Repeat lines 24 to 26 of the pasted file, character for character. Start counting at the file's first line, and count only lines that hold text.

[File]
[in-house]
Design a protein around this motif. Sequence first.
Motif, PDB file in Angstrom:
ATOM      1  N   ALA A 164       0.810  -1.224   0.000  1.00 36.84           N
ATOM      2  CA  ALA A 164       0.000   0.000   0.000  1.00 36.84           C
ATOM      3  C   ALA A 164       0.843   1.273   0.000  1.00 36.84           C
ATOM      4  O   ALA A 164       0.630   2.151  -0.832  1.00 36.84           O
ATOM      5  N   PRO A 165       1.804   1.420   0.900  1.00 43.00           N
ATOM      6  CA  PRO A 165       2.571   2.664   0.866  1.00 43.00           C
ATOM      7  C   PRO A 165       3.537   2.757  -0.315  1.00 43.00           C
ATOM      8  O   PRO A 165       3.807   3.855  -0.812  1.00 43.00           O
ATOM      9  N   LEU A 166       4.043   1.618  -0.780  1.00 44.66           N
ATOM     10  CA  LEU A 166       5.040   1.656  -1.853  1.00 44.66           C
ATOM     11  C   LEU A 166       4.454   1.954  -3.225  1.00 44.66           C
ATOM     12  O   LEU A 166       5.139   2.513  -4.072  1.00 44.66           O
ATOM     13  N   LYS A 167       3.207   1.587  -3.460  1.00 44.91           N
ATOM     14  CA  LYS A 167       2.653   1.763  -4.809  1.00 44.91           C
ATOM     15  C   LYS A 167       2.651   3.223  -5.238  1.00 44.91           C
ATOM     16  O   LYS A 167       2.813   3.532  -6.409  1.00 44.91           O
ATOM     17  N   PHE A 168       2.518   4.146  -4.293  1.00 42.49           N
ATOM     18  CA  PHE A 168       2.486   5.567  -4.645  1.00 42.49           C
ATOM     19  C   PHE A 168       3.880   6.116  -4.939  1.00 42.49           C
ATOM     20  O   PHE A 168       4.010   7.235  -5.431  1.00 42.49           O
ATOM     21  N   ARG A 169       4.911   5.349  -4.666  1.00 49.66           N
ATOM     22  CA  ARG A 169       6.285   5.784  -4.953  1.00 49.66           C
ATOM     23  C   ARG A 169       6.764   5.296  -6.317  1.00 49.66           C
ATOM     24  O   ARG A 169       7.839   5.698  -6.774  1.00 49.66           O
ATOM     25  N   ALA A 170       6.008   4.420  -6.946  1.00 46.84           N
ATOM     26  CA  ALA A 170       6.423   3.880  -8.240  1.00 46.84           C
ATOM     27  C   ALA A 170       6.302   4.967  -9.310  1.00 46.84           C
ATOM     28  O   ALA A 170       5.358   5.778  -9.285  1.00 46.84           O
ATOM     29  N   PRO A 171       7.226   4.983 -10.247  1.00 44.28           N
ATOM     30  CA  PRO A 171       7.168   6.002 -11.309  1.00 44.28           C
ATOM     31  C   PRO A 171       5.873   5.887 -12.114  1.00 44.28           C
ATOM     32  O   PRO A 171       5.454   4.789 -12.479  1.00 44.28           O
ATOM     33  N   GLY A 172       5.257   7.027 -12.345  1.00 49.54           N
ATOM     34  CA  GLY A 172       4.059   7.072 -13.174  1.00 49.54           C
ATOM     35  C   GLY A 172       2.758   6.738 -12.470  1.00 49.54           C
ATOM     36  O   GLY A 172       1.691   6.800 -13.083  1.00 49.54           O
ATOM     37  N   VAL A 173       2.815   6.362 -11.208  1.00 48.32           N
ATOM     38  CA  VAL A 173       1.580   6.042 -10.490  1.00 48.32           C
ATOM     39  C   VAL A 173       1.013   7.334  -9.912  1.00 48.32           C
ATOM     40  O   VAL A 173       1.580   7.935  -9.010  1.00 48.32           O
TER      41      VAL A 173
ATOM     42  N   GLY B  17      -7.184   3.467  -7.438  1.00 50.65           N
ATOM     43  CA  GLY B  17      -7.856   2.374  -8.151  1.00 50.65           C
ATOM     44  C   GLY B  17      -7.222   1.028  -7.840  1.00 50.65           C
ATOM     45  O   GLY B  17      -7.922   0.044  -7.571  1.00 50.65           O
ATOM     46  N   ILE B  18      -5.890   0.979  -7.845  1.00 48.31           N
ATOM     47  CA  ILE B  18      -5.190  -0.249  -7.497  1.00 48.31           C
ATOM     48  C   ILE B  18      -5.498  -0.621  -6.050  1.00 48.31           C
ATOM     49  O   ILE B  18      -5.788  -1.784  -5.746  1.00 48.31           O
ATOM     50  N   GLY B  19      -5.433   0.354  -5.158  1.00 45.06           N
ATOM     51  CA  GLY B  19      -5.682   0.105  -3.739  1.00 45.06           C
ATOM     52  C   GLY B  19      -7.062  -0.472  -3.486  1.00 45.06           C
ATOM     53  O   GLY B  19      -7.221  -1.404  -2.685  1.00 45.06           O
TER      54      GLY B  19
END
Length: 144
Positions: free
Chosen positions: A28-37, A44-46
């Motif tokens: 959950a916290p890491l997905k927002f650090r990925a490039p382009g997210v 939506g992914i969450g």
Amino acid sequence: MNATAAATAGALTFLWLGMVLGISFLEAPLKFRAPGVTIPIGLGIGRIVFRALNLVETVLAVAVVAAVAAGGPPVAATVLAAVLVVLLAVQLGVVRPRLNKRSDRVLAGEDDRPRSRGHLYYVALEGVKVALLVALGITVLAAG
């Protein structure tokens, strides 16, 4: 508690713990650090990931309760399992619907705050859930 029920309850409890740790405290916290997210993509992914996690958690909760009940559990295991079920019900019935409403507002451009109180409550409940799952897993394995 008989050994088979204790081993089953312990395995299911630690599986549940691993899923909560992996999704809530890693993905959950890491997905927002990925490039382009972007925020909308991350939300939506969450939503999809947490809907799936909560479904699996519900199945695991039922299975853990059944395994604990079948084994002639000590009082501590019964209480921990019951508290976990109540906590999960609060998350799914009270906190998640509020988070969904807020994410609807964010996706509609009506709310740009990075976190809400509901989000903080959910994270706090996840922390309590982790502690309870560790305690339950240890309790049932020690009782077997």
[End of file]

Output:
ATOM     21  N   ARG A 169       4.911   5.349  -4.666  1.00 49.66           N
ATOM     22  CA  ARG A 169       6.285   5.784  -4.953  1.00 49.66           C
ATOM     23  C   ARG A 169       6.764   5.296  -6.317  1.00 49.66           C